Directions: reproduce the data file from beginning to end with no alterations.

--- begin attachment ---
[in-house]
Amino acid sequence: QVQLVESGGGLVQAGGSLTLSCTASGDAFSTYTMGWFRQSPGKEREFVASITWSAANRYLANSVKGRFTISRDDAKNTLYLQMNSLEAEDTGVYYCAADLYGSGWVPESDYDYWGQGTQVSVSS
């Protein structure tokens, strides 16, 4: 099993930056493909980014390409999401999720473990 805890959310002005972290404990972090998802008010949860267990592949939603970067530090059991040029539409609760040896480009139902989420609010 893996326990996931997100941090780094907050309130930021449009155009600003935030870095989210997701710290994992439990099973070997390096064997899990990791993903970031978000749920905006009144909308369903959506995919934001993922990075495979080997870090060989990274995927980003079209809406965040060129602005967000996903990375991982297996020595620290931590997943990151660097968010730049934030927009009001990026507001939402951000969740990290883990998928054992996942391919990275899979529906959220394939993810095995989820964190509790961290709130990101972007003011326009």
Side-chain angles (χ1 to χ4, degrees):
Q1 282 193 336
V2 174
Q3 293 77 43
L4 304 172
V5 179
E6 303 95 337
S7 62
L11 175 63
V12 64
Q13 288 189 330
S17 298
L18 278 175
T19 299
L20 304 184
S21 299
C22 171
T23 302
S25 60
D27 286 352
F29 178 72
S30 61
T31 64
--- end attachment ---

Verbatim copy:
[in-house]
Amino acid sequence: QVQLVESGGGLVQAGGSLTLSCTASGDAFSTYTMGWFRQSPGKEREFVASITWSAANRYLANSVKGRFTISRDDAKNTLYLQMNSLEAEDTGVYYCAADLYGSGWVPESDYDYWGQGTQVSVSS
């Protein structure tokens, strides 16, 4: 099993930056493909980014390409999401999720473990 805890959310002005972290404990972090998802008010949860267990592949939603970067530090059991040029539409609760040896480009139902989420609010 893996326990996931997100941090780094907050309130930021449009155009600003935030870095989210997701710290994992439990099973070997390096064997899990990791993903970031978000749920905006009144909308369903959506995919934001993922990075495979080997870090060989990274995927980003079209809406965040060129602005967000996903990375991982297996020595620290931590997943990151660097968010730049934030927009009001990026507001939402951000969740990290883990998928054992996942391919990275899979529906959220394939993810095995989820964190509790961290709130990101972007003011326009």
Side-chain angles (χ1 to χ4, degrees):
Q1 282 193 336
V2 174
Q3 293 77 43
L4 304 172
V5 179
E6 303 95 337
S7 62
L11 175 63
V12 64
Q13 288 189 330
S17 298
L18 278 175
T19 299
L20 304 184
S21 299
C22 171
T23 302
S25 60
D27 286 352
F29 178 72
S30 61
T31 64